Two wonderful Maseratis at Nürburgring

A day to forget

After the Mille Miglia, described in one of my tales, I was happy to receive Peter Kaus’s invite to drive the 2 Maseratis at his home event Nürburgring. This is a huge event and normally fields 600 cars of all descriptions. The Germans are avid collectors and normally there are many fantastic cars.

I was living at this time at Imbersago in a rented house on the property of my dear friend and enthusiast Count Luigi Castelbarco. I decided to drive to the Ring in my Alfa Romeo 8C long chassis. There was always a race for Pre-war Sports Cars so I entered her for this. The drive took a full day and that evening I pulled up at the guest house where I usually stayed. The next day was a long affair due to the length of time it took to pass 600 cars through a technical inspection.

The following day was a day for qualifying and then there were races on Saturday and Sunday culminating in a race for the 25 fastest cars of the weekend. I went to find Peter and the two cars that I was to drive. I found him with his cars in the old pits which was the nicest place to be. The cars looked fantastic and were mobbed by enthusiasts having a close look. This was the first time they had been seen on the track since then I had finished restoring them, a very satisfying job that I told you before.



Practice went well without a hitch and I managed to qualify both Maseratis on the pole for their respective races. This was a perfect start and Peter was delighted. Saturday was a splendid day with bright sunshine. The weather here can be really awful sometimes with thick mist and freezing cold even in the middle of August.

The pre-grid was called for the race for the Maserati 450S. There was a sighting lap and then a standing start. Standing starts are really interesting and provide another possibility to move up the grid if you make a good one. In the USA they aren’t used for safety reasons, but fortunately in Europe political correctness hasn’t taken over yet.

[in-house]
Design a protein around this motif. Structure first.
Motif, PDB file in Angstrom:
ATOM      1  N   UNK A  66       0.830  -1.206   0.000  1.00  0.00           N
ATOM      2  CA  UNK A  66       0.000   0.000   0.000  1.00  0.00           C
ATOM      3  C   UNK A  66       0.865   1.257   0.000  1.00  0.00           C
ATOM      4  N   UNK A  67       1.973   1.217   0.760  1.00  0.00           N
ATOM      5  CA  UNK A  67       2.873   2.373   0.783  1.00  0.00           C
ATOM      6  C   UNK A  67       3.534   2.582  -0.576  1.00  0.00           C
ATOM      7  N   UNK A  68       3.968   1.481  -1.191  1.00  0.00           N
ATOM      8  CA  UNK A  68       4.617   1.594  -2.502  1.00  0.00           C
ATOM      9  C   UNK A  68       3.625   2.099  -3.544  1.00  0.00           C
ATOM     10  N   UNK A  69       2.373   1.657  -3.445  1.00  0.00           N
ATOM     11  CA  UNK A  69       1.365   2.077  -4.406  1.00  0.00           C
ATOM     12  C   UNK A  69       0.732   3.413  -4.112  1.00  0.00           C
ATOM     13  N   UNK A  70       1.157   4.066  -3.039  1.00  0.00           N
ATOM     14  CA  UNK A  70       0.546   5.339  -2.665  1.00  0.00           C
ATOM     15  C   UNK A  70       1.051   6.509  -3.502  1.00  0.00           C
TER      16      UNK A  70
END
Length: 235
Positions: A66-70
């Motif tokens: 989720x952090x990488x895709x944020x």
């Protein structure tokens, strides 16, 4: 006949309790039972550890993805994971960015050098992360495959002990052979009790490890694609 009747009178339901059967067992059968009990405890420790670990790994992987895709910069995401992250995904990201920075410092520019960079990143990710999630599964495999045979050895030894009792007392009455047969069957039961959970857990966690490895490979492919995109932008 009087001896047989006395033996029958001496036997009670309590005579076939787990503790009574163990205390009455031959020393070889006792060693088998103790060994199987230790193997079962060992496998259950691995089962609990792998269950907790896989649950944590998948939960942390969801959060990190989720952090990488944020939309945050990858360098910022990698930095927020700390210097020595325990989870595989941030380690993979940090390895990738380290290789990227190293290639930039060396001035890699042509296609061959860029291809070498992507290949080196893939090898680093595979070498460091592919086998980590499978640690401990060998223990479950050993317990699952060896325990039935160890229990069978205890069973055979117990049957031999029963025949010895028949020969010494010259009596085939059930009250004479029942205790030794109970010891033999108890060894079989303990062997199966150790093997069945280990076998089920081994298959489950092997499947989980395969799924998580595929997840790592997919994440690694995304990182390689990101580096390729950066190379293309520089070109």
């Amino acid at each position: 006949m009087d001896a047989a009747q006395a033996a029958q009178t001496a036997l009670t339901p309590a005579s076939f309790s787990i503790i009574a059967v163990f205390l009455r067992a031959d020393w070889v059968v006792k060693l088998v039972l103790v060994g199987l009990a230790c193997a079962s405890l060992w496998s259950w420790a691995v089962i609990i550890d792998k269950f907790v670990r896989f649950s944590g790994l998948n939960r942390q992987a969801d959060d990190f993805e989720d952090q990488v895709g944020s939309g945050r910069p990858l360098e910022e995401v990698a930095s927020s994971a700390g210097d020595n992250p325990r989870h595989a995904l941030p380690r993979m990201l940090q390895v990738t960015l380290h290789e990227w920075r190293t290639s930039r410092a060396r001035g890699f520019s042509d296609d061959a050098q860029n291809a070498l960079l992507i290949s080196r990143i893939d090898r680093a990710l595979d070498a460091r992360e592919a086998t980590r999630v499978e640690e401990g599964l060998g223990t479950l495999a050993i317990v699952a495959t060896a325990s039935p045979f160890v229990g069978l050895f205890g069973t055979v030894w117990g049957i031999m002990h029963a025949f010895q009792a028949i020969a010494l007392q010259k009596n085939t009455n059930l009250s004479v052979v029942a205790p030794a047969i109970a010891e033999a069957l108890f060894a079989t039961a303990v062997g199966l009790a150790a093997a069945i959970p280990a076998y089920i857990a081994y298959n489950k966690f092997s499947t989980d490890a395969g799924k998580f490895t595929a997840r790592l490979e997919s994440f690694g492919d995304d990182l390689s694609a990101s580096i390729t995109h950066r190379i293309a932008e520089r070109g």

The Maserati 450S was difficult to get off the line due to too much wheel spin. Remember this car had a 6.4 Liter marine engine with bags of torque. I backed off the throttle and the tires finally found traction and the car took off like a scalded cat. It only took a few turns, before I had taken the lead and I drove on without much fuss to victory.

One hour later it was the turn of the Maserati Birdcage and in a very similar fashion, I was able to secure another victory for its beaming owner Peter Kaus. All Peter’s friends were there, so this was a big deal and I was happy that it was a big success for both of us.



Sunday was a repeat of the weather, hot and sunny. The starting grids for Sunday were decided by finishing order of Saturday’s races. Once again I had 2 pole positions. If only I could convert them into race wins…



The race for the Maserati 450S was a repeat of the day before and I with little effort was in the lead and going for the victory when I noticed steam coming out from under the engine cover. I looked at the water temperature gauge and it was climbing fast. The performance of the car was the same. I had to stop. I noticed water coming out of the side exhausts. The race was over. A valve had broken and split a cylinder sleeve which was the cause of the water getting in the engine.

I hoped the race for the Maserati Birdcage and the fastest 25 cars would be better. Twenty minutes before the race there was a small rain shower. It had been really hot and some of the oil from the asphalt had come to the surface of the track which made the starting line very slippery. I lined up on pole again and waited for the starting flag to be waved for the off.



I dumped the clutch and floored the Maserati Birdcage. It leaped off the line and then all of a sudden the rear of the car lost traction and the car went into a spin. I tried to correct it, but it was too late and the car swapped ends and backed into the guardrail located at the start. Oh my God, what an embarrassment!

The beautiful long tail was now 2 feet shorter. To make matters worse Peter Kaus and his wife Hannah were standing on the other side of the guardrail. I took the car back to the UK and had the bodywork repaired and tried as best as I could to forget this black day in my racing career.